Rare Early Appearance of Catara (Qatar)
Striking large format map of Arabia and the Red Sea, originally published by Jan Jansson in Amsterdam and re-issued at the end of the 17th Century by Valk & Schenk.
The map references the "Mare Elcatif or Sinus Persicus," showing both the Persian and Arab names for the Gulf between Persia and Saudi Arabia. This reflects both the name used by Ptolemy (150AD) and more modern names. Ptolemy relied upon Indika, written by Flavus Arrianus and Strabo for his use of the term "Sinus Persicus." The earliest recorded Arabic language names for the Gulf were:
- Bahr Faris (Sea of Persia)
- Al-bahr al-Akhdar (the Green Sea)
- Al-khalij al akhdar (Green Gulf)
One of the most decorative of all 17th century large format maps of Saudi Arabia.
The name Katara, Catara or Catura is the earliest recorded name for the area around the modern state of Qatar.
The name "Catara" began appearing as a name for the Qatar Peninsula in geographic and historical maps in about 150 A.D by the Alexandrian geographer Claudius Ptolemaeus in 150 AD. The name also appeared in the Atlas of the History of Islam. The town appeared northwest of Gerra or near it, and to the west of the town of Cadara.
The use of the name Catara or Katara was largely abandoned until the 18th Century, when it began to re-appear on printed maps.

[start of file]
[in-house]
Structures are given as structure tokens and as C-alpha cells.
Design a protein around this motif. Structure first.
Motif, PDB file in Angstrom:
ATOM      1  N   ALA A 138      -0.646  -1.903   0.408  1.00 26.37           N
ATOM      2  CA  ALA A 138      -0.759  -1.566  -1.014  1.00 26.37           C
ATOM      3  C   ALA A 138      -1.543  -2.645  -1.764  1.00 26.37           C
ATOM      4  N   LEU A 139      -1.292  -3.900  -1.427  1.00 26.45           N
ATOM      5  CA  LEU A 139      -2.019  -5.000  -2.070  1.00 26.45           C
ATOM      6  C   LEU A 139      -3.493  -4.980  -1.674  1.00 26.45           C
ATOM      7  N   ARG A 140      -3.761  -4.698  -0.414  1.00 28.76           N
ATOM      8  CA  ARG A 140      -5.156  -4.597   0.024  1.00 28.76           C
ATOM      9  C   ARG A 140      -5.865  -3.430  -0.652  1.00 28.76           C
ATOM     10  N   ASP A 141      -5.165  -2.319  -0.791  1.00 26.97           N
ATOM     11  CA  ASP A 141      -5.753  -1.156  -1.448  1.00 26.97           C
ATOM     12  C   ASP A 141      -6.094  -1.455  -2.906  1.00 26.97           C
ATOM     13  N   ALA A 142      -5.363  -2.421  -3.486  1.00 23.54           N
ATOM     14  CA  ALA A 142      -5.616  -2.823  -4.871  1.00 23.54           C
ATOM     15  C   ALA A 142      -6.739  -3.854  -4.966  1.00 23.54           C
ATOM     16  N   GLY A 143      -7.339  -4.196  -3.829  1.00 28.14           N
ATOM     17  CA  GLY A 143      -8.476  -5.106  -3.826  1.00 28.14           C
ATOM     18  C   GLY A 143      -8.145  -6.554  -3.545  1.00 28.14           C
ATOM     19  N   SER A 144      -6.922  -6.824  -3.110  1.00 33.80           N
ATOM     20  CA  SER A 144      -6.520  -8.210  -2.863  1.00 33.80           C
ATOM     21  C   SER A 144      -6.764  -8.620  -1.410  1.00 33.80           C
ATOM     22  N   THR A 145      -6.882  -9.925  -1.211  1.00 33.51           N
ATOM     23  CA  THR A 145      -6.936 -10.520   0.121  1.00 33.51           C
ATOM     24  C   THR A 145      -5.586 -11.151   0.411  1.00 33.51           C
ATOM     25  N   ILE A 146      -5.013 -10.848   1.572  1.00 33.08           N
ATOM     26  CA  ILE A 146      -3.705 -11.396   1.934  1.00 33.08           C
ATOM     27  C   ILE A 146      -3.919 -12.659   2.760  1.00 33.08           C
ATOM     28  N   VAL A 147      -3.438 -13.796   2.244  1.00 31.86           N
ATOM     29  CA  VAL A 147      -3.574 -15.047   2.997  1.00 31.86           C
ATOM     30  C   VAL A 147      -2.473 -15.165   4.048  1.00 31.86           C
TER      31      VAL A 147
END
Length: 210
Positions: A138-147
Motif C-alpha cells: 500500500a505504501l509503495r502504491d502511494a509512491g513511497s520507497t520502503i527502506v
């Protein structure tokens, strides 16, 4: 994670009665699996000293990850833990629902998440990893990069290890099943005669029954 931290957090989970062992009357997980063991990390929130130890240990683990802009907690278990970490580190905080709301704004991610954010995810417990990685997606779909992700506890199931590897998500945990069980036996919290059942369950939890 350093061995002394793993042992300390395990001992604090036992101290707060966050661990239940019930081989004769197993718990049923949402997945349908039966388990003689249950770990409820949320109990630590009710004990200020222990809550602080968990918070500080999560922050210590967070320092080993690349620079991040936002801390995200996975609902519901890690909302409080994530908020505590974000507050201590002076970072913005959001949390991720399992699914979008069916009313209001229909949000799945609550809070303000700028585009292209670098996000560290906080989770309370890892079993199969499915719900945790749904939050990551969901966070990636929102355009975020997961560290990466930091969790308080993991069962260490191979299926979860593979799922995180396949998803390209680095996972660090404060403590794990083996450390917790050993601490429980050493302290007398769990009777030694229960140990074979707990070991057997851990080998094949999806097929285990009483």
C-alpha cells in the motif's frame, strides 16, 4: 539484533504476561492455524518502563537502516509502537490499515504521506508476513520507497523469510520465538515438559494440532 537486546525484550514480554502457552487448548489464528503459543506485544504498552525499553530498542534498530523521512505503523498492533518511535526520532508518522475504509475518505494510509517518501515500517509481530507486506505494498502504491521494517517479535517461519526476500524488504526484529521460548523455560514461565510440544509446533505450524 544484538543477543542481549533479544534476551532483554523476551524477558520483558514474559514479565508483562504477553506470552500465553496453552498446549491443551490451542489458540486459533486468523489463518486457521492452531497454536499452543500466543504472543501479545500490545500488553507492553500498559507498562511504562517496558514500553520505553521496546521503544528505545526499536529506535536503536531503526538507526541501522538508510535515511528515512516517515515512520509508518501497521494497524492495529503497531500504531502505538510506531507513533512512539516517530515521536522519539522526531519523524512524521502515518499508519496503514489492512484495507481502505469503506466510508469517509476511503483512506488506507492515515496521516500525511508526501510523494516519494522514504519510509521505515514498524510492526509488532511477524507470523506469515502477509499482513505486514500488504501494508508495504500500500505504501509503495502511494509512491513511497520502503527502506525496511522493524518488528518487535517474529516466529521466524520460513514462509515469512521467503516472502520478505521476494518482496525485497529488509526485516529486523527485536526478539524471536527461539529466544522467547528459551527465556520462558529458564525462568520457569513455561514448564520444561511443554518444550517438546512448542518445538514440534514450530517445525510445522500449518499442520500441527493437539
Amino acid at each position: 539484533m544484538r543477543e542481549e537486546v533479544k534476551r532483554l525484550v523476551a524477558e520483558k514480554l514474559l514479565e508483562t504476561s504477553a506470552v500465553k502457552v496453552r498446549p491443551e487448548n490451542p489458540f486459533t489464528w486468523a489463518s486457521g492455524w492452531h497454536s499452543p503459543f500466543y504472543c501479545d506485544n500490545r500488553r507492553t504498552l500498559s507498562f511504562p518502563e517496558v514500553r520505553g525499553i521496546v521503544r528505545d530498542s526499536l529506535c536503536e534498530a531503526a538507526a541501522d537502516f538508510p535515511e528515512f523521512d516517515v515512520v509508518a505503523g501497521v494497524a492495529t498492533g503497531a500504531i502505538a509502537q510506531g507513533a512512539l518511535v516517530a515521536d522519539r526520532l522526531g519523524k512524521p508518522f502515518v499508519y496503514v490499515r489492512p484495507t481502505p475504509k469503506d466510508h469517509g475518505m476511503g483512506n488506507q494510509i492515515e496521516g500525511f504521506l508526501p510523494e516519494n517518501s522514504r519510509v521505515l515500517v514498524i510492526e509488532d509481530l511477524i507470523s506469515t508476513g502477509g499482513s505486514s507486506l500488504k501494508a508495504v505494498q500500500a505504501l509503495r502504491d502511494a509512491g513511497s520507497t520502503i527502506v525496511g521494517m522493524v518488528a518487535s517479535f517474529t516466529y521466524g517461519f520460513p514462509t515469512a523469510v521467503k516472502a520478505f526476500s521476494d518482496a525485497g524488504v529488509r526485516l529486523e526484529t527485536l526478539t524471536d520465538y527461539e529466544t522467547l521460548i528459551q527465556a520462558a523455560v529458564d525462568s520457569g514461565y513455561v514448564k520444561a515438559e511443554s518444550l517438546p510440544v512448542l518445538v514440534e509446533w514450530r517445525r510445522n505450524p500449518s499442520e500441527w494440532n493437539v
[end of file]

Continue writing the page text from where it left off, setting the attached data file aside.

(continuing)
Mare El Katif
In the 16th century, the Ottomans added the Red Sea and Persian Gulf Coast to the empire and claimed suzerainty over the interior. The main objective of this was to thwart Portuguese attempts to attack the Red Sea and the Indian Ocean. The Ottoman Turks conquered the area around Basra and invaded the Arabian Coast as far as Qatif, which they occupied, removing the Portuguese from the region. The Turks adopted the names Gulf of Basrah, Gulf of Qatif and Gulf of Arabia.
From 1572 onward, the name Mare Elcatif began to appear on maps. Persian Shah Abbas dislodge the Portuguese from Bahrain (1602) and, with English help, from Hormuz (1622), in the Persian Gulf. He expanded commercial links with the English East India Company and the Dutch East India Company. During the mid-1600s and 1700s, the Arabian Peninsula was a major focal point of European trade interests.
Jan Janssonius (also known as Johann or Jan Jansson or Janszoon) (1588-1664) was a renowned geographer and publisher of the seventeenth century, when the Dutch dominated map publishing in Europe. Born in Arnhem, Jan was first exposed to the trade via his father, who was also a bookseller and publisher. In 1612, Jan married the daughter of Jodocus Hondius, who was also a prominent mapmaker and seller. Jonssonius’ first maps date from 1616.
In the 1630s, Janssonius worked with his brother-in-law, Henricus Hondius. Their most successful venture was to reissue the Mercator-Hondius atlas. Jodocus Hondius had acquired the plates to the Mercator atlas, first published in 1595, and added 36 additional maps. After Hondius died in 1612, Henricus took over publication; Janssonius joined the venture in 1633. Eventually, the atlas was renamed the Atlas Novus and then the Atlas Major, by which time it had expanded to eleven volumes. Janssonius is also well known for his volume of English county maps, published in 1646.
Janssonius died in Amsterdam in 1664. His son-in-law, Johannes van Waesbergen, took over his business. Eventually, many of Janssonius’ plates were sold to Gerard Valck and Pieter Schenk, who added their names and continued to reissue the maps.